How do I get back to running after an illness? - Women's Running

How do I get back to running after an illness?

Author: Holly Taylor

Read Time:   |  September 15, 2020

Bounce back strongly from illness with Dr Juliet McGratten's tips for a safe and healthy return to running

Running helps to keep us physically and mentally fit. Many of us depend on it for life balance and health. When illness strikes, we can miss running so much and fear our hard-earned fitness is rapidly disappearing, meaning there’s often an overwhelming desire to get back out there as soon as possible. Tempting though it is to hit the road quickly, starting back up exactly where we left off, there is a better way to make a comeback.

We are all individuals and we all recover from illness at different rates, but knowing how to get back to running safely and healthily is key to a successful return. Read on to work out if you are ready to start running again and discover the best way to do it in a healthy, controlled and injury-free way.

If you’re not quite ready to run but are well enough to try some training exercises, here are our top 5 recovery exercises after a break from running.

Are you ready to exercise?

You need to wait until you are fully better before you run again. This may sound obvious, but when you’re eager to get back to it, it’s easy to overestimate your abilities and a full recovery may take longer than you think or want. Too much too soon will only knock you back, so it’s important to be honest with yourself. Obviously, the more unwell you have been, the longer your recovery will probably take. But even if you’ve only had a mild illness, you need to make sure you are both physically and mentally fit enough to run again.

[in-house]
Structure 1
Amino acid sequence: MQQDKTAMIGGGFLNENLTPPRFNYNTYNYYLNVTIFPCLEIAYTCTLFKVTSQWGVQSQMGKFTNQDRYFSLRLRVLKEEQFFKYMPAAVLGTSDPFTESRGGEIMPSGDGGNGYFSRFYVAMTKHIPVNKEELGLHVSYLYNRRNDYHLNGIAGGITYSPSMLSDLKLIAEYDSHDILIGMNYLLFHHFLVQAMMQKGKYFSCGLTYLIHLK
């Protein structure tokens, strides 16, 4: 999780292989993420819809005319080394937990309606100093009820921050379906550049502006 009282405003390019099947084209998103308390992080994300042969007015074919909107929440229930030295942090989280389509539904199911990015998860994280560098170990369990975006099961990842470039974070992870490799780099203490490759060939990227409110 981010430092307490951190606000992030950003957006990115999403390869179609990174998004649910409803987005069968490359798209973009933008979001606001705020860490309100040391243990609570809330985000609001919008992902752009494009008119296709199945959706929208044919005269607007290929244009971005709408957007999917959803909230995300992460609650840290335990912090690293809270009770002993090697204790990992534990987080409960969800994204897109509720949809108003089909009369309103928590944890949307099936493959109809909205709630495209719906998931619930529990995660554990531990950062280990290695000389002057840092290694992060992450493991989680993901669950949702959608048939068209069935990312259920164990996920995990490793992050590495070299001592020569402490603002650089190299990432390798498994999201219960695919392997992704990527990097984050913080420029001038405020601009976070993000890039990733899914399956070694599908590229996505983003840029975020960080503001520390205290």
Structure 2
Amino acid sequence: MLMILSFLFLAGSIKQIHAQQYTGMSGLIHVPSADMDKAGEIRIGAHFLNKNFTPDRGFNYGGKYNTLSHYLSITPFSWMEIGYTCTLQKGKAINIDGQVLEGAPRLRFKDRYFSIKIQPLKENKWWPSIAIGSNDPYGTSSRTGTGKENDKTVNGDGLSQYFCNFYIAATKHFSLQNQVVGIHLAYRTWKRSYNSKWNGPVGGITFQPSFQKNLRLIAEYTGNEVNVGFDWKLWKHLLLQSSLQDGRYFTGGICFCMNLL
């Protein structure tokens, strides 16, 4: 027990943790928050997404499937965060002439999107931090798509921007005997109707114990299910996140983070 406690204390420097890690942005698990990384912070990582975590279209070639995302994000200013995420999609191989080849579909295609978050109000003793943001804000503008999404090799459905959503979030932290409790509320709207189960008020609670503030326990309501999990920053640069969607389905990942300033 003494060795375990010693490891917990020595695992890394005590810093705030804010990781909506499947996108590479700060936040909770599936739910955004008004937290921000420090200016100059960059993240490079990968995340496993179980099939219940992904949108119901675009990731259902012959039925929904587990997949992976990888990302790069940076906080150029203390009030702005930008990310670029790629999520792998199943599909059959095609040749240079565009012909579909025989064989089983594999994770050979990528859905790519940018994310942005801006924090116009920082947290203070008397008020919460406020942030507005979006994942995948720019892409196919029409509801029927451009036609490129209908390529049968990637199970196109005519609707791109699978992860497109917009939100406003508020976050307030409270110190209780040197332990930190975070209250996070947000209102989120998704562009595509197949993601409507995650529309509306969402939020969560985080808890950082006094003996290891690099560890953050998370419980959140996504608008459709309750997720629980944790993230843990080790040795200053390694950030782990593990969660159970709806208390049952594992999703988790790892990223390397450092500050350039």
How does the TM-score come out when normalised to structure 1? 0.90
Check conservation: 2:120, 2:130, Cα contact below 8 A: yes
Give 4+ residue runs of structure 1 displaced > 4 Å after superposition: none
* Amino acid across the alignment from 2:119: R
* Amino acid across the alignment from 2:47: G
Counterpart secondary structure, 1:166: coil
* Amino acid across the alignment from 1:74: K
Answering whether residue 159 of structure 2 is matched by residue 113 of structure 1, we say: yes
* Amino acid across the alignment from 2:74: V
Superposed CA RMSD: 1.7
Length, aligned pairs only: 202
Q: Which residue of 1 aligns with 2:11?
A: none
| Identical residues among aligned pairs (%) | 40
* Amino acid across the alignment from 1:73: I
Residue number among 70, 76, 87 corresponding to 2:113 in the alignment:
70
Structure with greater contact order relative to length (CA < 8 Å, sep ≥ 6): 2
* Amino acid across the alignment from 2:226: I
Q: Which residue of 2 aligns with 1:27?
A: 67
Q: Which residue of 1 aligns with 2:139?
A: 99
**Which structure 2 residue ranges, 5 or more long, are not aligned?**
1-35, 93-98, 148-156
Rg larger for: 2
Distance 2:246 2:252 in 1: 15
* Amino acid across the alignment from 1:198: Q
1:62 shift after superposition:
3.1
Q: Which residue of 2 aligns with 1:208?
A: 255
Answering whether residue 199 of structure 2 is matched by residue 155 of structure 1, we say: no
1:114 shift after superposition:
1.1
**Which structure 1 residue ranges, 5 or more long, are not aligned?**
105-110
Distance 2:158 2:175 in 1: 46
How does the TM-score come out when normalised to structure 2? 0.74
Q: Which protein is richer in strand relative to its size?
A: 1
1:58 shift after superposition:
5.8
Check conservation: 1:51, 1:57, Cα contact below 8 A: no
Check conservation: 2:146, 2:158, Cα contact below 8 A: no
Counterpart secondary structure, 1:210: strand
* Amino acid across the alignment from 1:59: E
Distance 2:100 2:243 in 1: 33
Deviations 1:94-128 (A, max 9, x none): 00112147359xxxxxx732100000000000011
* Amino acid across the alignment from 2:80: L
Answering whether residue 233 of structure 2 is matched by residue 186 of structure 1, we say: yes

Ask yourself these questions:

  • Can I cope with normal daily activities such as showering, cooking and cleaning without feeling wobbly and ready for a lie-down?
  • Can I get through my normal, working day okay?
  • Can I take a brisk walk or run up a set of stairs without coughing or feeling breathless?
  • Have at least 48 hours passed since I had a high temperature?
  • Am I eating and drinking normally?
  • Has my resting heart rate returned to its normal levels? (Only answer this question if you are used to tracking it).
  • Has my fatigue lifted and do I feel strong enough to run?

Being ill is a workout in itself for your body and you shouldn’t add the extra exertion of running until you answer yes to all of these questions. Returning to running after infections that affect your respiratory system, such as Covid-19, need extra caution too. It’s important to ensure your breathing is back to normal, your energy levels are good and with Covid-19, it’s safer to wait a full week after any fever, to be certain there are no delayed spikes of temperature. Patience is key. It will be worth the wait.

How much fitness will you have lost?